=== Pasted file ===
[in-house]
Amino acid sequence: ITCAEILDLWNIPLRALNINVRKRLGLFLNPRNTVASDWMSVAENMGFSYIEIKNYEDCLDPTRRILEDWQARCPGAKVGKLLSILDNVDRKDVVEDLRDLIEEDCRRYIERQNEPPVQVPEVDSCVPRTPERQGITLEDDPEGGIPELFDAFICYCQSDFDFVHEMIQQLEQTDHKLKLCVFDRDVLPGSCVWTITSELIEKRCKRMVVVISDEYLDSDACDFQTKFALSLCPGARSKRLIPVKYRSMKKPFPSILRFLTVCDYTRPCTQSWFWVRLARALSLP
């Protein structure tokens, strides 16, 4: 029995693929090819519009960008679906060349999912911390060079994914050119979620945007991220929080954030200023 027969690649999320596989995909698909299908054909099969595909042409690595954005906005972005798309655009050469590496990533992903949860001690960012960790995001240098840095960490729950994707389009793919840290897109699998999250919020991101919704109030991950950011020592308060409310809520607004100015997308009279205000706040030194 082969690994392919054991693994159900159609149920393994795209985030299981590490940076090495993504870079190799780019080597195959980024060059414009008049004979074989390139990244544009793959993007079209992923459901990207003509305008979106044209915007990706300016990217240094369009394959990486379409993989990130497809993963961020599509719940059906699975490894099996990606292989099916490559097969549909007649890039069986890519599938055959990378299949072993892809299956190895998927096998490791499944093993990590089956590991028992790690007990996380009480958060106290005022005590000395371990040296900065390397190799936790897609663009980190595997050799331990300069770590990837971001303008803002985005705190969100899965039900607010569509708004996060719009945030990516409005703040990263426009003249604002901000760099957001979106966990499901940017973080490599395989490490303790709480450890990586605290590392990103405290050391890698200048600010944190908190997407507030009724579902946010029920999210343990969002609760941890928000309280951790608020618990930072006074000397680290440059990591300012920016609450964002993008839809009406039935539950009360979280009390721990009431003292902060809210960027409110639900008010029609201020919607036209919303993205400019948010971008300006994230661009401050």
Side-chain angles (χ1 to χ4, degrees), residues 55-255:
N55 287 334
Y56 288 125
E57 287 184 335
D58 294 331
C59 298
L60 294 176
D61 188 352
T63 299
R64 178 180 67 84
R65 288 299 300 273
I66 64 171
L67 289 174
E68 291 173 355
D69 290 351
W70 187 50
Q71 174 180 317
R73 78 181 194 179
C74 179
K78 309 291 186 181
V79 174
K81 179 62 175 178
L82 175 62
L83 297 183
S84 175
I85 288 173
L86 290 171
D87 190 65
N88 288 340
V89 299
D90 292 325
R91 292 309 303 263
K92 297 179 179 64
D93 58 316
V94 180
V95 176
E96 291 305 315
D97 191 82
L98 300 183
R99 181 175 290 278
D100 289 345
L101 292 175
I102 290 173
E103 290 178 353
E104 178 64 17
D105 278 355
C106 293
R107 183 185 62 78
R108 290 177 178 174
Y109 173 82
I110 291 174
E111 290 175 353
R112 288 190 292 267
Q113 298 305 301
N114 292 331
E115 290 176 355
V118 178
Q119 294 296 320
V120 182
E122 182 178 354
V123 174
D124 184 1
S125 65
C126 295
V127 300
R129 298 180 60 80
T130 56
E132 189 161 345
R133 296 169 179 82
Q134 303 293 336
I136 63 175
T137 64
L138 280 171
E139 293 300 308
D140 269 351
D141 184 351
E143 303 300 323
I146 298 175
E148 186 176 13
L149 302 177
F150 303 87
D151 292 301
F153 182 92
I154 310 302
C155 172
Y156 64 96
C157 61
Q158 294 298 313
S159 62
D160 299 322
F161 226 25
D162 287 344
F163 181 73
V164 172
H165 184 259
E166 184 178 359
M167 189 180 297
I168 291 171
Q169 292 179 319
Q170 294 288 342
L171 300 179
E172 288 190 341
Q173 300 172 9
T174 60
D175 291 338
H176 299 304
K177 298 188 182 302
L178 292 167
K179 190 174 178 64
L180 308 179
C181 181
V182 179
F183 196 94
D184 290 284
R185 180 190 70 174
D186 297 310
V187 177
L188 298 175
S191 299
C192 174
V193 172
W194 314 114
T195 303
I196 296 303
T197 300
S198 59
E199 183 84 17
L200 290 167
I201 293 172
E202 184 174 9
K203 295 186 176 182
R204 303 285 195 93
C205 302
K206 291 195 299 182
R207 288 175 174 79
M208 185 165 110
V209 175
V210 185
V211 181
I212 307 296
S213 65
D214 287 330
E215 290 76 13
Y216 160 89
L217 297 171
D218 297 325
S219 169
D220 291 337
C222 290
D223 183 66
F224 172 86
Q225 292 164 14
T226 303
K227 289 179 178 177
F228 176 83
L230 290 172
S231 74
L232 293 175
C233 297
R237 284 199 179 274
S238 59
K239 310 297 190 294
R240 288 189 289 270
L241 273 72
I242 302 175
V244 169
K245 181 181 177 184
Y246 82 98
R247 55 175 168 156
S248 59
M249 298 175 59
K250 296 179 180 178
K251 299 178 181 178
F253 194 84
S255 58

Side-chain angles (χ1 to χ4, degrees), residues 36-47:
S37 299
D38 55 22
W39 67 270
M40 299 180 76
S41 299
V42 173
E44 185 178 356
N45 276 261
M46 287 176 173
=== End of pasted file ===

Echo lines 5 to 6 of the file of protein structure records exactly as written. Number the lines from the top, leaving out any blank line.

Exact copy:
N55 287 334
Y56 288 125